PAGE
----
SALT LAKE CITY — Anyone bothered by the Wasatch Front's dirty air and ugly winter inversions may want to weigh in on a pollution plan Utah regulators believe will get the state in compliance with federal clean air standards.
The Utah Division of Air Quality has released its State Implementation Plan for PM2.5, or fine particulate pollution, which is what drives the Wasatch Front air to be among the dirtiest in the nation during the winter months.
"We think it is a good plan," said Bryce Bird, division director. "It's not perfect."
For the first time, Cache County is being required to put into place a vehicle inspection and emissions program, a whole host of businesses will face new emission regulations, and the state's five refineries in Salt Lake and Davis counties will have to upgrade to the best technology that is available.
"We think we have come up with a plan that is reasonable and gets us to attainment," Bird said.
Close to two dozen new regulations have been approved by the Utah Air Quality Board aimed at curbing emissions from a variety of sources that include homes, small businesses, printing plants and auto body shops.
Any product that emits a fume and contains volatile organic compounds, or VOCs — such as hairspray, varnishes, oven cleaning chemicals and brass polishes — will be required to have a lower VOC content when it hits the shelves in Utah, as is mandated in California and 15 Eastern states.
The division also banned the installation of any new wood boilers, or outdoor wood furnaces, along the Wasatch Front and put emission control requirements on fast-food restaurants that use chain-driven broilers to cook burgers.
Under part of the plan that remains under consideration, refineries will no longer be able to "flare" off gas but will have to install equipment to recover those emissions.
That will cost between $10,000 and $85,000, according to numbers submitted to the Division of Air Quality. One of the refineries, to control the release of its nitrogen oxides produced during combustion, will need to implement changes by 2019 that are estimated to cost $153,000 per ton of emissions. The change, however, will eliminate 106 tons of emissions per year from that refinery.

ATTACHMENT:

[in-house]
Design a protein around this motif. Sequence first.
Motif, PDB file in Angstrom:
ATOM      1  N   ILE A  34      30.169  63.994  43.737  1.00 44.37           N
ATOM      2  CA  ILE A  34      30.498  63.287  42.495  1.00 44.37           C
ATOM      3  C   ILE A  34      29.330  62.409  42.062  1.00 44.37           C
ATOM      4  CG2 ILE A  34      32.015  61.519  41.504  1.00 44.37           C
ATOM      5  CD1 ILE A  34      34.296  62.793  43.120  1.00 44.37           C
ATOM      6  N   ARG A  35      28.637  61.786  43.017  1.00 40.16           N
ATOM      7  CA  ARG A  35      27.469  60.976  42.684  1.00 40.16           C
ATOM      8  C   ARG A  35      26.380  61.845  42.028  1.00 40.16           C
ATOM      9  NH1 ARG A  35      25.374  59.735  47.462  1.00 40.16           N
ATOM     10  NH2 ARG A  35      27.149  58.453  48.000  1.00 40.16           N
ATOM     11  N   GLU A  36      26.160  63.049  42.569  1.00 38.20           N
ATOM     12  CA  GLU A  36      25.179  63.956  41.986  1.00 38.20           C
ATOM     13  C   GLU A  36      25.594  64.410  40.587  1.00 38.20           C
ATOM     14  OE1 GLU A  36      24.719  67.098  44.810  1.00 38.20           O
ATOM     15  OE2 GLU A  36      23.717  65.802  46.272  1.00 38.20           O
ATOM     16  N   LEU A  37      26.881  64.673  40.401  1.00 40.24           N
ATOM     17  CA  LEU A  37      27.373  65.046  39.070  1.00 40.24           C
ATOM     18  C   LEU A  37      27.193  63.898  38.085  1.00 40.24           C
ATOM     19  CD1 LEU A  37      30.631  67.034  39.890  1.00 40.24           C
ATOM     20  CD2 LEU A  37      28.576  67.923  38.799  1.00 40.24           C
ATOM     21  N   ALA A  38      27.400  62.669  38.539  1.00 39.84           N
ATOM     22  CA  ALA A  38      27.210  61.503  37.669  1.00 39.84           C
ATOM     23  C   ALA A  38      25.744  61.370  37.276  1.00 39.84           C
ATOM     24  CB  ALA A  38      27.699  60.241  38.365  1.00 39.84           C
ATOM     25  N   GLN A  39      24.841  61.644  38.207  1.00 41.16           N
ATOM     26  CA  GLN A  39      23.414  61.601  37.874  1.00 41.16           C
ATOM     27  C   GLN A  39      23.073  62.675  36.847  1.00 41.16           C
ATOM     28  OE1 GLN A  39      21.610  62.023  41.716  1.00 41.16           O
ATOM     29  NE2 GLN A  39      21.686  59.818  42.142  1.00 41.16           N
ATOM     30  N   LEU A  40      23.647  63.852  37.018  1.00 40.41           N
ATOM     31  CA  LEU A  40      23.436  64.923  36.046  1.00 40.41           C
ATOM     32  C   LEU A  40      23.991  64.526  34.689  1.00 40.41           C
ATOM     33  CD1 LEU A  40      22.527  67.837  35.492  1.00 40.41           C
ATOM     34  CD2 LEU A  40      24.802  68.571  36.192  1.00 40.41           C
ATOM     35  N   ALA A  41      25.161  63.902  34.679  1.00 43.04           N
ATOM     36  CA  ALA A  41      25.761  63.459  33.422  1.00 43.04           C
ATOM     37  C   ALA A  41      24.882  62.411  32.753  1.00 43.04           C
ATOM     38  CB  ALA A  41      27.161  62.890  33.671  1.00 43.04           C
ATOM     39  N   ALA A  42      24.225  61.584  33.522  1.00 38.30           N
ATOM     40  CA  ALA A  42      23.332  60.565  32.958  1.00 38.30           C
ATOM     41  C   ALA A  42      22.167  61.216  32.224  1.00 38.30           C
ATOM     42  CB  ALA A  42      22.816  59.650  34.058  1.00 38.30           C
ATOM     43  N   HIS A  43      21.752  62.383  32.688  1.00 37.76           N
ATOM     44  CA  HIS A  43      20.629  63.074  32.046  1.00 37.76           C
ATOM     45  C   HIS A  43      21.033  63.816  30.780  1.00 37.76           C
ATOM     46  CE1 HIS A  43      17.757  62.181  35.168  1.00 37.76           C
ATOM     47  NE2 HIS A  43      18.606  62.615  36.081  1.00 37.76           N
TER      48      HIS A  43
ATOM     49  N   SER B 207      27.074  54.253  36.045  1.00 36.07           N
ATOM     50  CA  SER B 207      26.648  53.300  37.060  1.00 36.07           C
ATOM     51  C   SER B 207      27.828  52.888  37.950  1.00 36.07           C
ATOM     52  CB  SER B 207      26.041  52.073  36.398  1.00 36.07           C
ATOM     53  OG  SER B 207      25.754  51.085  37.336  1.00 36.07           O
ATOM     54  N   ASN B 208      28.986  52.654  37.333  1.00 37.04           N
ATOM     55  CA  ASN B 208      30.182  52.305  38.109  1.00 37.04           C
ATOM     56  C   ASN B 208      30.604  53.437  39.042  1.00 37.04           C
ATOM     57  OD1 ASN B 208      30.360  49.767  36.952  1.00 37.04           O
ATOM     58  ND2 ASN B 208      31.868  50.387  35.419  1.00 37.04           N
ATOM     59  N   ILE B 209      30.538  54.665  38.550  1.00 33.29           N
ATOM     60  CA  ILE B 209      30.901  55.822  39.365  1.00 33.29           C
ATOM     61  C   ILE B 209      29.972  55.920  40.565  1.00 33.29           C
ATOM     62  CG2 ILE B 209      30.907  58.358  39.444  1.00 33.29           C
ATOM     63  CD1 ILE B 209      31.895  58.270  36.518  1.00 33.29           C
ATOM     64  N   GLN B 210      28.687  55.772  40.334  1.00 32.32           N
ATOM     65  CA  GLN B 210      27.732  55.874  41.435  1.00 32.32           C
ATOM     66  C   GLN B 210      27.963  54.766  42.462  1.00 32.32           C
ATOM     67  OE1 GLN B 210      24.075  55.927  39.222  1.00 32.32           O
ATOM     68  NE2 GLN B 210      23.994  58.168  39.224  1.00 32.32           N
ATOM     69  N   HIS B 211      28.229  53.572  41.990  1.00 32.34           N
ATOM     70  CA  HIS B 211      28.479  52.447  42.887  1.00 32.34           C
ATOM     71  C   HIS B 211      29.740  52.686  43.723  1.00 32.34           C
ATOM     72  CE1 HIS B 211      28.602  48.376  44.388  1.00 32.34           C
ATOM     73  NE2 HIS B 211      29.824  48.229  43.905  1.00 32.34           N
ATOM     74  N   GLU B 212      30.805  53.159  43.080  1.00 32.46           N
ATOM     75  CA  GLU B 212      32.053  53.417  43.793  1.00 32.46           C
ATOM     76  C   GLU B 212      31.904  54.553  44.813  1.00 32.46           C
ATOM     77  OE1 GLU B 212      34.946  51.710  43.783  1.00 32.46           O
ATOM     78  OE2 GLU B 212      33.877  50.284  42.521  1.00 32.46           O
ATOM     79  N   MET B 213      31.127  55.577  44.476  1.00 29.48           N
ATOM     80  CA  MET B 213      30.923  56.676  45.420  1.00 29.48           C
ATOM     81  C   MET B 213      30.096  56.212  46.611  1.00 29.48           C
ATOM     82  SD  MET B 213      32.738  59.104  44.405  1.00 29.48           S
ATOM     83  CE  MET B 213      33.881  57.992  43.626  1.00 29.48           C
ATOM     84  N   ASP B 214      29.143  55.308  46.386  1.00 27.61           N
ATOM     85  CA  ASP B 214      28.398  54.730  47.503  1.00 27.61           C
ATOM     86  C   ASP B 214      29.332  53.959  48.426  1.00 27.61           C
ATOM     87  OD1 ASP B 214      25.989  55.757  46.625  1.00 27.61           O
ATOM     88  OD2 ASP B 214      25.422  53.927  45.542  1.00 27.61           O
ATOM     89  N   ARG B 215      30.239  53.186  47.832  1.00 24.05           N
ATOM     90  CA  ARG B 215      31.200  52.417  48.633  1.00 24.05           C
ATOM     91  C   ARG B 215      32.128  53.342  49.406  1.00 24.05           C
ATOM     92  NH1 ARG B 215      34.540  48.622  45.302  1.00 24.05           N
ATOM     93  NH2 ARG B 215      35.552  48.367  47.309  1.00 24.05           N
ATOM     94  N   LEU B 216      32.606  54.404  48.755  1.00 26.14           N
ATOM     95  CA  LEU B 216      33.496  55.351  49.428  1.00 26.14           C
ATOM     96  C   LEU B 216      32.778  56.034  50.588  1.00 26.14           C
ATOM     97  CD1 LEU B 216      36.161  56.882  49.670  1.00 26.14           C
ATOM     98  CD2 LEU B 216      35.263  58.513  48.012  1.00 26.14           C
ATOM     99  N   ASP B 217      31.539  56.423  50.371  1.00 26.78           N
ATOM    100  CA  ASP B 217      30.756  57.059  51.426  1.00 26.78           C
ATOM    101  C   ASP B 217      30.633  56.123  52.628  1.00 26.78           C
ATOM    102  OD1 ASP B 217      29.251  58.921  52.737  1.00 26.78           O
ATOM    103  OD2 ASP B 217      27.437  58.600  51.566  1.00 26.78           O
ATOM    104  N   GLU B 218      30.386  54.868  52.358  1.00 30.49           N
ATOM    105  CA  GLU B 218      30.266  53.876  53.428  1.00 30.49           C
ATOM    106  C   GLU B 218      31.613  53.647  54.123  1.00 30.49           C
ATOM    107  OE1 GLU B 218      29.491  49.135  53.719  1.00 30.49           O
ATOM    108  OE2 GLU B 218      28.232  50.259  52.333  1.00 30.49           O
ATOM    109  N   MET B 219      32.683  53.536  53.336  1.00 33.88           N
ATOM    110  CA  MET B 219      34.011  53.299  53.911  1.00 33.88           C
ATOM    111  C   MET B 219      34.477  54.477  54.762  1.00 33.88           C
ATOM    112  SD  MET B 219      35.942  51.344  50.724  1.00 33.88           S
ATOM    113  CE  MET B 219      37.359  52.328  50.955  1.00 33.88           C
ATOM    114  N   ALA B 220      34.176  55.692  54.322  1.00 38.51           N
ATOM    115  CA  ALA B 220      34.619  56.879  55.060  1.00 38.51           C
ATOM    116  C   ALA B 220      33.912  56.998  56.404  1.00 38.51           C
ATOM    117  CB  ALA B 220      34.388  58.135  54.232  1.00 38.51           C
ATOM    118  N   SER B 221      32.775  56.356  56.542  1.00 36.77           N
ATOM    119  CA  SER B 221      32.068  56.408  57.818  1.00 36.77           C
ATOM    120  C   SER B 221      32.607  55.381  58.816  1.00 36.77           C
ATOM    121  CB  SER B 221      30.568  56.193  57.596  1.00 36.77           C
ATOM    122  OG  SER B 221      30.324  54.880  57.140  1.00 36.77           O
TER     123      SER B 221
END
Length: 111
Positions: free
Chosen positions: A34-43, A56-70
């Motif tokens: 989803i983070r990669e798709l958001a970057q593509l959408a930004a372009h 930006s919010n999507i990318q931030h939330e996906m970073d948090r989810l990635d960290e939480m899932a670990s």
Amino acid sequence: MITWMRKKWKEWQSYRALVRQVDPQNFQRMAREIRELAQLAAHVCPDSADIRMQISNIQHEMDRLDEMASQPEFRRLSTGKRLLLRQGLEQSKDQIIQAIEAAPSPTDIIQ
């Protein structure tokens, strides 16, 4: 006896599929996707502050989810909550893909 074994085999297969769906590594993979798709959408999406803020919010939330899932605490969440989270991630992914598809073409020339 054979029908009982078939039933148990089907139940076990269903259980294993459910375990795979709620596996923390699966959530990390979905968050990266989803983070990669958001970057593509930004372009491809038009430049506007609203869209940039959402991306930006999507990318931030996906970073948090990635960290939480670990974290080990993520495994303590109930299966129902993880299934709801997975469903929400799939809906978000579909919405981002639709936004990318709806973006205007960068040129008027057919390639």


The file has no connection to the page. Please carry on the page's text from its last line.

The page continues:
Cherise Udell, founder of Utah Moms for Clean Air, said the group lobbied for the new technology on refineries and is pleased regulators listened.
"Public pressure continues to mount on Utah's elected officials to take a stronger stance on air pollution," she said. "That public pressure, combined with oversight from the EPA, is moving Utah in the right direction, but not fast enough."
Other changes to industry under the latest component of the plan propose to tackle Kennecott Utah Copper, the largest industrial source of pollutants in Salt Lake County. The mining company will need to upgrade one of its boilers to cut a form of pollutants at a cost of about $8,000 per ton and move its haul trucks to cleaner burning engines by 2019. The truck change will cost between $50,000 and $70,000 a ton and remove a little more than 64 tons of that pollutant.
Throughout the rule-crafting process, Bird said the changes to bring the Wasatch Front under federal pollution limits by 2019 has not been easy, or without opposition from industry, businesses, hairstylists, auto body shop owners and residents.
"This has been a very difficult goal to meet," he said, "but the controls that were selected were those that were necessary to improve the air quality in our area."
Terry Mascaro, with the Utah Clean Air Alliance, said the plan does not go far enough.
"It is so obvious to us on the ground when we look at this," Mascaro said. "Government in Utah favors industry, and they should have had them step up to do the best control technology regardless of the cost."
Bird said the plan gets the state into compliance with the federal threshold by imposing more stringent requirements that "reasonably" can be met by most businesses.
"The reasonable piece needs to be something that is implementable," he said. "If it becomes too cost-prohibitive, people won't do it."
But Mascaro said the division should not allow businesses or industry to decide what is reasonable when clean air and public health is at issue.
The plan has been the most pressing priority since 2009, when the Wasatch Front and portions of Cache, Box Elder and Tooele counties were declared out of compliance with the pollution threshold set by the Environmental Protection Agency under the Clean Air Act.
Bird admits the plan does not mean the Wasatch Front won't suffer from inversions once 2019 rolls around, but he insists the air will be cleaner and public health will be protected.
"I feel good about it," he said.
The division is accepting public comment on its plan through Oct. 30. It is hosting three informational open houses and meetings where it will accept comment from residents who want to attend the events in Utah, Salt Lake and Weber counties.
Those meetings are 10 a.m. Tuesday at the Weber-Morgan Health Department, 477 E. 23rd St., Ogden; 9 a.m. Wednesday at the Utah County Commission Chambers, 100 E. Center St., Provo; and 10 a.m. Tuesday, Oct. 15, at the Utah Department of Environmental Quality's boardroom, 195 N. 1950 West.
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